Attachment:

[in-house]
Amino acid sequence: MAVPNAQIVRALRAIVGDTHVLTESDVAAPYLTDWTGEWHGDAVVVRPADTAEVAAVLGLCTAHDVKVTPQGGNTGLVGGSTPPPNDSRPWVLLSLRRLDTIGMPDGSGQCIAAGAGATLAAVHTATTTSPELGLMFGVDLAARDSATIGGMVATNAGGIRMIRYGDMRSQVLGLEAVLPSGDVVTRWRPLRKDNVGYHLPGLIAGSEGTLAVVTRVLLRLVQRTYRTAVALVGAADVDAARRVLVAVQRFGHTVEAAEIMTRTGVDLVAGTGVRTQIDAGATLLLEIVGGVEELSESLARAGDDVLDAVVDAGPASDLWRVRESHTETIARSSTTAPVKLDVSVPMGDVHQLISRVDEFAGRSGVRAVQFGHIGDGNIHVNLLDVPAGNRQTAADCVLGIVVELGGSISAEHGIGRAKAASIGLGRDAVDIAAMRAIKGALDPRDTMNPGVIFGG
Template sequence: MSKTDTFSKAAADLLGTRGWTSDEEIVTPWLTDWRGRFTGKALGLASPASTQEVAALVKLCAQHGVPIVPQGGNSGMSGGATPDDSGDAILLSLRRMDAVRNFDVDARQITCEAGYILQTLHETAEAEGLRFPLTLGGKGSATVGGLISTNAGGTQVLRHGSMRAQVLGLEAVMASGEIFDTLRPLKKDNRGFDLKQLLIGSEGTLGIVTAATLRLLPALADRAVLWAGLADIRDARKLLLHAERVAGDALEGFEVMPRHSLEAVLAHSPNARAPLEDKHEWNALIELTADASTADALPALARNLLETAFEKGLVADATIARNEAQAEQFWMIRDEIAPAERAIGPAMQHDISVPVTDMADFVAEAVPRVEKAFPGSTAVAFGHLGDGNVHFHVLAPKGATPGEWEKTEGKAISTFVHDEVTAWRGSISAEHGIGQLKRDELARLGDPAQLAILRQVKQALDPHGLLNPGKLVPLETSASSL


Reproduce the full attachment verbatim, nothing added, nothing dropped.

[in-house]
Amino acid sequence: MAVPNAQIVRALRAIVGDTHVLTESDVAAPYLTDWTGEWHGDAVVVRPADTAEVAAVLGLCTAHDVKVTPQGGNTGLVGGSTPPPNDSRPWVLLSLRRLDTIGMPDGSGQCIAAGAGATLAAVHTATTTSPELGLMFGVDLAARDSATIGGMVATNAGGIRMIRYGDMRSQVLGLEAVLPSGDVVTRWRPLRKDNVGYHLPGLIAGSEGTLAVVTRVLLRLVQRTYRTAVALVGAADVDAARRVLVAVQRFGHTVEAAEIMTRTGVDLVAGTGVRTQIDAGATLLLEIVGGVEELSESLARAGDDVLDAVVDAGPASDLWRVRESHTETIARSSTTAPVKLDVSVPMGDVHQLISRVDEFAGRSGVRAVQFGHIGDGNIHVNLLDVPAGNRQTAADCVLGIVVELGGSISAEHGIGRAKAASIGLGRDAVDIAAMRAIKGALDPRDTMNPGVIFGG
Template sequence: MSKTDTFSKAAADLLGTRGWTSDEEIVTPWLTDWRGRFTGKALGLASPASTQEVAALVKLCAQHGVPIVPQGGNSGMSGGATPDDSGDAILLSLRRMDAVRNFDVDARQITCEAGYILQTLHETAEAEGLRFPLTLGGKGSATVGGLISTNAGGTQVLRHGSMRAQVLGLEAVMASGEIFDTLRPLKKDNRGFDLKQLLIGSEGTLGIVTAATLRLLPALADRAVLWAGLADIRDARKLLLHAERVAGDALEGFEVMPRHSLEAVLAHSPNARAPLEDKHEWNALIELTADASTADALPALARNLLETAFEKGLVADATIARNEAQAEQFWMIRDEIAPAERAIGPAMQHDISVPVTDMADFVAEAVPRVEKAFPGSTAVAFGHLGDGNVHFHVLAPKGATPGEWEKTEGKAISTFVHDEVTAWRGSISAEHGIGQLKRDELARLGDPAQLAILRQVKQALDPHGLLNPGKLVPLETSASSL